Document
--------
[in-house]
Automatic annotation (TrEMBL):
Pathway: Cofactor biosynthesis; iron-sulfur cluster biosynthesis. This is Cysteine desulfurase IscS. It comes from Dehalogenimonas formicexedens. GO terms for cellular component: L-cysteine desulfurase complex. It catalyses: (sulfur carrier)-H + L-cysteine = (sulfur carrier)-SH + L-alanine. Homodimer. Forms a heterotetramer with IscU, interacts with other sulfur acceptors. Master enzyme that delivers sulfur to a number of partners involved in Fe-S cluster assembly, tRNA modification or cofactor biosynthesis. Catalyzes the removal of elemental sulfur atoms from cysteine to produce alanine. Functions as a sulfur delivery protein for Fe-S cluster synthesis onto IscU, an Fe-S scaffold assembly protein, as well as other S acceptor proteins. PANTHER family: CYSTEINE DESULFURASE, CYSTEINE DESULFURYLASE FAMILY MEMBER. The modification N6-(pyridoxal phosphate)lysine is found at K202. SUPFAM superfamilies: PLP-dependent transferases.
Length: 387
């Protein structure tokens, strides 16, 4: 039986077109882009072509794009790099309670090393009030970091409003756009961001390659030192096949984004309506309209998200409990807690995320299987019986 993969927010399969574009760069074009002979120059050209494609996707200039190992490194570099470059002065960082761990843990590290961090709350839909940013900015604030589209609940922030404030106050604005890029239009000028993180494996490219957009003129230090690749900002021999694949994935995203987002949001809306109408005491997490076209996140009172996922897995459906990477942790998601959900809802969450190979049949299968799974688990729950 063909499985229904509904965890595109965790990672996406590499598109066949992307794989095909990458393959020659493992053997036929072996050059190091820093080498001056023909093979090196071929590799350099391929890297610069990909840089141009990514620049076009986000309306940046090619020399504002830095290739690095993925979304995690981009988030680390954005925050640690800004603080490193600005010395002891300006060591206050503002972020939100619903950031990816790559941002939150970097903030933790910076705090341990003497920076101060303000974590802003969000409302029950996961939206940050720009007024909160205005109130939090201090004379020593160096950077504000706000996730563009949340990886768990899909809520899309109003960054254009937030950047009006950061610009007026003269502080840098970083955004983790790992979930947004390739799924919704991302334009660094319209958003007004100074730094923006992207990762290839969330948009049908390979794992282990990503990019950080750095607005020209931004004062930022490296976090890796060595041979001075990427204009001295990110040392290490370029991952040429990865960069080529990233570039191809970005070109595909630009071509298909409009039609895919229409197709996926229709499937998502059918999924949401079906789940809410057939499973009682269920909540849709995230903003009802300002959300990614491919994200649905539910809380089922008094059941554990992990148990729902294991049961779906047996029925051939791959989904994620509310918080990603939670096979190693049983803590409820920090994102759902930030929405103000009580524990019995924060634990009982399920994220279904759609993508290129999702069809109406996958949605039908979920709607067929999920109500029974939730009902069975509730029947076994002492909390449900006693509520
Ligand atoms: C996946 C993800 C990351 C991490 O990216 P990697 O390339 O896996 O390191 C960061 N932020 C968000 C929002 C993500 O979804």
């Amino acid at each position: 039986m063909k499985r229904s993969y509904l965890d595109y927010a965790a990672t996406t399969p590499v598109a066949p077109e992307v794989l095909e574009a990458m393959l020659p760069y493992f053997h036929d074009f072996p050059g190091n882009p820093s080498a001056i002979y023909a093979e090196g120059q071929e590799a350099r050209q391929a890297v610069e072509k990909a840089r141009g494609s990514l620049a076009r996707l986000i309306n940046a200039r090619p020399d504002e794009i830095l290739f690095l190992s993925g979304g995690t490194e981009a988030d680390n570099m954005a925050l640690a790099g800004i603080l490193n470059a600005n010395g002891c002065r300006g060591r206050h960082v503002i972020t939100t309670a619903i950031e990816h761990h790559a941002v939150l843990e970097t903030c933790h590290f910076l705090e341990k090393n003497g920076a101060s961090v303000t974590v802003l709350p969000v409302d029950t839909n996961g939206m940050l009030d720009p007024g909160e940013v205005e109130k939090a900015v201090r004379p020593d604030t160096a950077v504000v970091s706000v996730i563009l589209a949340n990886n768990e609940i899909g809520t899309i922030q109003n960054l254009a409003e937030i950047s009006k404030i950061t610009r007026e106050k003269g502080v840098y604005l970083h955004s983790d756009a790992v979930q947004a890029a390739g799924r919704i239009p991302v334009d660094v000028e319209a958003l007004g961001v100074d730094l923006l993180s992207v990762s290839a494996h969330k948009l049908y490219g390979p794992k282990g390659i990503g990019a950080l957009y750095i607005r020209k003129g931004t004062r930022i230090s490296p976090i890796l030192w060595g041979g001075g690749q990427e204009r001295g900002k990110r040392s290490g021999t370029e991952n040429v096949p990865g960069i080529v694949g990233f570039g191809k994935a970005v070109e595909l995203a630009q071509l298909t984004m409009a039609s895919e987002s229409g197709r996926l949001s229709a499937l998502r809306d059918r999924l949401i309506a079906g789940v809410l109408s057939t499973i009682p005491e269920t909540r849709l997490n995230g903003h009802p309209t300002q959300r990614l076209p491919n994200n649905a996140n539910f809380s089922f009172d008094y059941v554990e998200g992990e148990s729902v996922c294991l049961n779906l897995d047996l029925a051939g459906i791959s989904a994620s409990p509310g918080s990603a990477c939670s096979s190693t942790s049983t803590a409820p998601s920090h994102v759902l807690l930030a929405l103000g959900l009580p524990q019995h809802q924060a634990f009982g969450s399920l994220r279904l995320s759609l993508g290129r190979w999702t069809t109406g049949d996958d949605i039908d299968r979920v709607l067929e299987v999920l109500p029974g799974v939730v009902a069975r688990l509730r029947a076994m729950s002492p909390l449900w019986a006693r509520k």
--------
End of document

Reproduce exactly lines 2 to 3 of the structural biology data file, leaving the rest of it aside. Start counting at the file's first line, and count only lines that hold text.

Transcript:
Automatic annotation (TrEMBL):
Pathway: Cofactor biosynthesis; iron-sulfur cluster biosynthesis. This is Cysteine desulfurase IscS. It comes from Dehalogenimonas formicexedens. GO terms for cellular component: L-cysteine desulfurase complex. It catalyses: (sulfur carrier)-H + L-cysteine = (sulfur carrier)-SH + L-alanine. Homodimer. Forms a heterotetramer with IscU, interacts with other sulfur acceptors. Master enzyme that delivers sulfur to a number of partners involved in Fe-S cluster assembly, tRNA modification or cofactor biosynthesis. Catalyzes the removal of elemental sulfur atoms from cysteine to produce alanine. Functions as a sulfur delivery protein for Fe-S cluster synthesis onto IscU, an Fe-S scaffold assembly protein, as well as other S acceptor proteins. PANTHER family: CYSTEINE DESULFURASE, CYSTEINE DESULFURYLASE FAMILY MEMBER. The modification N6-(pyridoxal phosphate)lysine is found at K202. SUPFAM superfamilies: PLP-dependent transferases.